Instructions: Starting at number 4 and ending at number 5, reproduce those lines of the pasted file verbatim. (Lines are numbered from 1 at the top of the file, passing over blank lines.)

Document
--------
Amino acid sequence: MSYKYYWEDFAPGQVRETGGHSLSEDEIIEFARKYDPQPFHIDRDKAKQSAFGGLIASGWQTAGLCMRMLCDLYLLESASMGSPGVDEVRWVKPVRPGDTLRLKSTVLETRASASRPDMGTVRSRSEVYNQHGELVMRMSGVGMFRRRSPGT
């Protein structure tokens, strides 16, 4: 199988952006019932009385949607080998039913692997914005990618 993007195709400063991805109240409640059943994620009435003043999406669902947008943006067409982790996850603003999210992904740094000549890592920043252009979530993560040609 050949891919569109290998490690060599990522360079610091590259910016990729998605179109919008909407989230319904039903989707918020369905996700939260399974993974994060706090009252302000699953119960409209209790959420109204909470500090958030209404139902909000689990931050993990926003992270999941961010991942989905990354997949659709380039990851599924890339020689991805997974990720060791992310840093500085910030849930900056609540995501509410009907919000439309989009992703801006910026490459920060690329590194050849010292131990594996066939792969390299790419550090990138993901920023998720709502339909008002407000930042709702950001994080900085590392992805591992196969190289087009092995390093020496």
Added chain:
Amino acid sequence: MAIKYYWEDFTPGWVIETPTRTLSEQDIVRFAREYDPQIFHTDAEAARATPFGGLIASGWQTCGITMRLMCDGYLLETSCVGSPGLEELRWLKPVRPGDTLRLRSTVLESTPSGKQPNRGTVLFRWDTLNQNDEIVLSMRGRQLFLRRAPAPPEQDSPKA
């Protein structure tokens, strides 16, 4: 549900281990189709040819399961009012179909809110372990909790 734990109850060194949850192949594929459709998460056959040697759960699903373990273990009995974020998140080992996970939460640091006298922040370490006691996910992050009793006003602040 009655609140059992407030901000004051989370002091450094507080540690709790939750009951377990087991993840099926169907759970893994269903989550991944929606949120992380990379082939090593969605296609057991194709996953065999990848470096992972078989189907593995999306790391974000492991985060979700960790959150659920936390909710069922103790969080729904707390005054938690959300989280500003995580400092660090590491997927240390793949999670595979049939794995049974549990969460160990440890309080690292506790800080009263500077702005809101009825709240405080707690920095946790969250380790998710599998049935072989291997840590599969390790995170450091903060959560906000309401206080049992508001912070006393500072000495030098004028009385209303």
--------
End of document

Amino acid sequence: MAIKYYWEDFTPGWVIETPTRTLSEQDIVRFAREYDPQIFHTDAEAARATPFGGLIASGWQTCGITMRLMCDGYLLETSCVGSPGLEELRWLKPVRPGDTLRLRSTVLESTPSGKQPNRGTVLFRWDTLNQNDEIVLSMRGRQLFLRRAPAPPEQDSPKA
């Protein structure tokens, strides 16, 4: 549900281990189709040819399961009012179909809110372990909790 734990109850060194949850192949594929459709998460056959040697759960699903373990273990009995974020998140080992996970939460640091006298922040370490006691996910992050009793006003602040 009655609140059992407030901000004051989370002091450094507080540690709790939750009951377990087991993840099926169907759970893994269903989550991944929606949120992380990379082939090593969605296609057991194709996953065999990848470096992972078989189907593995999306790391974000492991985060979700960790959150659920936390909710069922103790969080729904707390005054938690959300989280500003995580400092660090590491997927240390793949999670595979049939794995049974549990969460160990440890309080690292506790800080009263500077702005809101009825709240405080707690920095946790969250380790998710599998049935072989291997840590599969390790995170450091903060959560906000309401206080049992508001912070006393500072000495030098004028009385209303």